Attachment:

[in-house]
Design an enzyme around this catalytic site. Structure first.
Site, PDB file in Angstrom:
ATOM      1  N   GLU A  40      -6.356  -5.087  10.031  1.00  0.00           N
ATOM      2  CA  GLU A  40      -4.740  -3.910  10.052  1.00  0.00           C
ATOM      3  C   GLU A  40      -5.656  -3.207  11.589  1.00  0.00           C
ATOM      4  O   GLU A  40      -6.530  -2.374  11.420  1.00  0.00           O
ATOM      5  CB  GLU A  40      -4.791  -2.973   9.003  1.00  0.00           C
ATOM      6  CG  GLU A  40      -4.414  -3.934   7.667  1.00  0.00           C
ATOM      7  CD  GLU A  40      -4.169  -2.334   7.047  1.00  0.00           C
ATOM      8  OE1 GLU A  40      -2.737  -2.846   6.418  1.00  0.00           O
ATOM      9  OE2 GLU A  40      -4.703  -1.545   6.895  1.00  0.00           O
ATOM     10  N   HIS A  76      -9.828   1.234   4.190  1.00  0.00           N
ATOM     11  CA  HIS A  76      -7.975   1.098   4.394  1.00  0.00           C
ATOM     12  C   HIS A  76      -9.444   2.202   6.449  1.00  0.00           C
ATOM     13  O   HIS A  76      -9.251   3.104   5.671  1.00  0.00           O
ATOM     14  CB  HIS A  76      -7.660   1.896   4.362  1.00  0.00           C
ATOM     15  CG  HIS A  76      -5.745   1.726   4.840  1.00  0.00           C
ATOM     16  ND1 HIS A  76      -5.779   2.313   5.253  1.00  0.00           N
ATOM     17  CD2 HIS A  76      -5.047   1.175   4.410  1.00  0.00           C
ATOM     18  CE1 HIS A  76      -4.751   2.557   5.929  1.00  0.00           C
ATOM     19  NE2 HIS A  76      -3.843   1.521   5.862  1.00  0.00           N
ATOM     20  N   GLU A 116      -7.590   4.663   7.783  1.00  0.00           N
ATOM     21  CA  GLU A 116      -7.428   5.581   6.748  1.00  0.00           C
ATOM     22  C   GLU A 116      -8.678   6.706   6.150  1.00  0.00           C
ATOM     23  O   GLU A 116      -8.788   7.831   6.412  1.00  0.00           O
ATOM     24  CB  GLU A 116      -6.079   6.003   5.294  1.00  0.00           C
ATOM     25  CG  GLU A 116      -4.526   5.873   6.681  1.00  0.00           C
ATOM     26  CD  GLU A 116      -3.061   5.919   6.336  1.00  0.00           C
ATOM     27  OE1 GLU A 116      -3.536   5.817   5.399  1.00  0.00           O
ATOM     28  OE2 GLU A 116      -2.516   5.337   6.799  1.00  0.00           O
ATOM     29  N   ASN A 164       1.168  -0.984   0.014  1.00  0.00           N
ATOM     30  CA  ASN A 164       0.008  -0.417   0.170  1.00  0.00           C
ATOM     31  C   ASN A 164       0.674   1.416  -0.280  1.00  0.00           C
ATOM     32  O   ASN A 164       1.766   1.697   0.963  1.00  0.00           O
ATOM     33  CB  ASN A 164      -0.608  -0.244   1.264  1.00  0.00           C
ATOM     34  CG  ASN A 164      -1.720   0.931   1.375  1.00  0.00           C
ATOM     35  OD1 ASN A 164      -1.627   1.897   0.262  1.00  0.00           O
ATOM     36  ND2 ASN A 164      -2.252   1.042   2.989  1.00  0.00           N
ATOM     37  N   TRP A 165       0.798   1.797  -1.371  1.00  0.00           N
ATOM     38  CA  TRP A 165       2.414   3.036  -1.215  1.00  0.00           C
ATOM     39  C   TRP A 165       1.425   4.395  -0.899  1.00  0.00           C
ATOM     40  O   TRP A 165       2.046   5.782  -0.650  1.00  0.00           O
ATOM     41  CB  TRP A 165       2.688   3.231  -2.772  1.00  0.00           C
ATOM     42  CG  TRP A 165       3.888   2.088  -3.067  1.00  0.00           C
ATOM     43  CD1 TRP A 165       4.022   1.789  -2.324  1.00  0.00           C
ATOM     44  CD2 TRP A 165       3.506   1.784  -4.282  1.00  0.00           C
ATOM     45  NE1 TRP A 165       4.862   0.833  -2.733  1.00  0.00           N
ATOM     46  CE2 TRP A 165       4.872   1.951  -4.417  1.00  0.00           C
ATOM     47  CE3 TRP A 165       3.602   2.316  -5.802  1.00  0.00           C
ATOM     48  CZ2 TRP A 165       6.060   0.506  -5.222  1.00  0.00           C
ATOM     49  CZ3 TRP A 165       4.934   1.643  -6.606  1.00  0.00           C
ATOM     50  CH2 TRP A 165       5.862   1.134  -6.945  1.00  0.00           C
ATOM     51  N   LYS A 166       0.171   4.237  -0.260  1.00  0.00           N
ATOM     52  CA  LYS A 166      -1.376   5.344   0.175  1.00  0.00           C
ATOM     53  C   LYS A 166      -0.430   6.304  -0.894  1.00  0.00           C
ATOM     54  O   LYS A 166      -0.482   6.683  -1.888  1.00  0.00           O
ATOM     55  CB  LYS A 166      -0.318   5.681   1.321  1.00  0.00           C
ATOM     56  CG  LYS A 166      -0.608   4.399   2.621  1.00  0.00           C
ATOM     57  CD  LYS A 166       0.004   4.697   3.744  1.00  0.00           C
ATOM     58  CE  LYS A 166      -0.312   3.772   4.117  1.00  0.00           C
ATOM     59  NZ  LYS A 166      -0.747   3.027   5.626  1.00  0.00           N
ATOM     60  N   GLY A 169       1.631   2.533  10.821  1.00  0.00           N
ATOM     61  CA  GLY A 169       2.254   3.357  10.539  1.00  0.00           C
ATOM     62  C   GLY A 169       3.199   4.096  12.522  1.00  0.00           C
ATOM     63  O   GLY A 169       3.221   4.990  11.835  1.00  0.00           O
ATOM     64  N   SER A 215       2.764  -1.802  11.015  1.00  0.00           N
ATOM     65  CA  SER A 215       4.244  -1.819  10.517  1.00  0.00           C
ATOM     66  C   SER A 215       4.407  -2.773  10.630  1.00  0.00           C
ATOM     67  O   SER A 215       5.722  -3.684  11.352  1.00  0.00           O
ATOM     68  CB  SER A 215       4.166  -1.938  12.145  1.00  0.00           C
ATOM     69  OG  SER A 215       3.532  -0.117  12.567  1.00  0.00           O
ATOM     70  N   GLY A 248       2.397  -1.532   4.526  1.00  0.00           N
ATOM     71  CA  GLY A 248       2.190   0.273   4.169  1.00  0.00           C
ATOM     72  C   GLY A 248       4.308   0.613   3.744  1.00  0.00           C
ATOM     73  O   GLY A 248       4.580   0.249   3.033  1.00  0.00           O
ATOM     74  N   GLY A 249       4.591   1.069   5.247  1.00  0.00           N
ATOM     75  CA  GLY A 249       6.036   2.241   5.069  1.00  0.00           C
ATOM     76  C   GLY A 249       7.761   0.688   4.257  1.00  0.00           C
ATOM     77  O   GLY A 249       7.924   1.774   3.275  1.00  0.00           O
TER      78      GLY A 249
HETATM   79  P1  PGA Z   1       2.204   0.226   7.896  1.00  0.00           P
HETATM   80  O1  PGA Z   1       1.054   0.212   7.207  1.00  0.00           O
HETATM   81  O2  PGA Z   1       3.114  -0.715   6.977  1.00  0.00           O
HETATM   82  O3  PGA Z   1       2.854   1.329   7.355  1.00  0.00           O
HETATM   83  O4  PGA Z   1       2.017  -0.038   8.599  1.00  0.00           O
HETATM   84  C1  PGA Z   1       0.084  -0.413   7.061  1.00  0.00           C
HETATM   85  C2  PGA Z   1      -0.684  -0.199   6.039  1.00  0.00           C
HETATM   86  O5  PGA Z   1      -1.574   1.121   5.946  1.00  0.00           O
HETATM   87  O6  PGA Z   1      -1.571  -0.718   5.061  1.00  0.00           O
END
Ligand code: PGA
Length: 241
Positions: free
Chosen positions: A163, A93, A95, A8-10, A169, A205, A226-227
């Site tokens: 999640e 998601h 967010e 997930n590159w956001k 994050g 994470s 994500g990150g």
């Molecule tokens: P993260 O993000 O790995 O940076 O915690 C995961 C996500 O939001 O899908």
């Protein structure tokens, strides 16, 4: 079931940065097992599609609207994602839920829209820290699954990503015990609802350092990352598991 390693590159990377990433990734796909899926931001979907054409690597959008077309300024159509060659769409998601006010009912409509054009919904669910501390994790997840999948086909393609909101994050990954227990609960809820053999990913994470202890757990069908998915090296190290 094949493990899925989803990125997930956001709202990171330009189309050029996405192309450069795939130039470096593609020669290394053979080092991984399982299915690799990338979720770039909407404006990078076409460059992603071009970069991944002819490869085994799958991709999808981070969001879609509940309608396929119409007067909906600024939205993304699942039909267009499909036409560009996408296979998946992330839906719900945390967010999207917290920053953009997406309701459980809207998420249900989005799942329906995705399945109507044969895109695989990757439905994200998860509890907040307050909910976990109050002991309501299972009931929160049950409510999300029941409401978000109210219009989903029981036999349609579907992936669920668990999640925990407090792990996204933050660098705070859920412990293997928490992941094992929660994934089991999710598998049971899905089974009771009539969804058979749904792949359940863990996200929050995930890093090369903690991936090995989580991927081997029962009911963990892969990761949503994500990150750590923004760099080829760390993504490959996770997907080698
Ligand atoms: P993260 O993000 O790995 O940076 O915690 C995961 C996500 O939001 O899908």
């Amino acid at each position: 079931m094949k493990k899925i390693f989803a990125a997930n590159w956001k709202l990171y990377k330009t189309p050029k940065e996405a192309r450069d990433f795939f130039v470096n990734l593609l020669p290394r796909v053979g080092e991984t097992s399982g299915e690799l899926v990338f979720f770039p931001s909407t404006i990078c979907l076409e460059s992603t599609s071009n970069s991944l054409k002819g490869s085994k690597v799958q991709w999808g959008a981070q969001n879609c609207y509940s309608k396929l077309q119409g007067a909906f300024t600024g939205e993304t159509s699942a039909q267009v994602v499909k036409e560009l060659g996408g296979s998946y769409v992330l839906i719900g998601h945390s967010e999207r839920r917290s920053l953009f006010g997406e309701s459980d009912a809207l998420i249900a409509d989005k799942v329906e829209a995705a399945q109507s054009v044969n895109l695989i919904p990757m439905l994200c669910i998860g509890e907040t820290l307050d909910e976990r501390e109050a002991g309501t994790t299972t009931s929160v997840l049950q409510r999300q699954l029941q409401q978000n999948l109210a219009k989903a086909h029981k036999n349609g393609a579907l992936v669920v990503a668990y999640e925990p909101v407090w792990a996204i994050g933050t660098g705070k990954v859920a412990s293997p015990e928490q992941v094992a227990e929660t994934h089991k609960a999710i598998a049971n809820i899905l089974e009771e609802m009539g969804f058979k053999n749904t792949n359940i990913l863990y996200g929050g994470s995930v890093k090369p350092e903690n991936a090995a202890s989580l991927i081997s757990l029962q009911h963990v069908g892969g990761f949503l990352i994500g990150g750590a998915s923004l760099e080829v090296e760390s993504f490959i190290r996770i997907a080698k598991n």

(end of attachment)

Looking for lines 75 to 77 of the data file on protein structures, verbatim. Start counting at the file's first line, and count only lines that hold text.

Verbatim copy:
ATOM     72  C   GLY A 248       4.308   0.613   3.744  1.00  0.00           C
ATOM     73  O   GLY A 248       4.580   0.249   3.033  1.00  0.00           O
ATOM     74  N   GLY A 249       4.591   1.069   5.247  1.00  0.00           N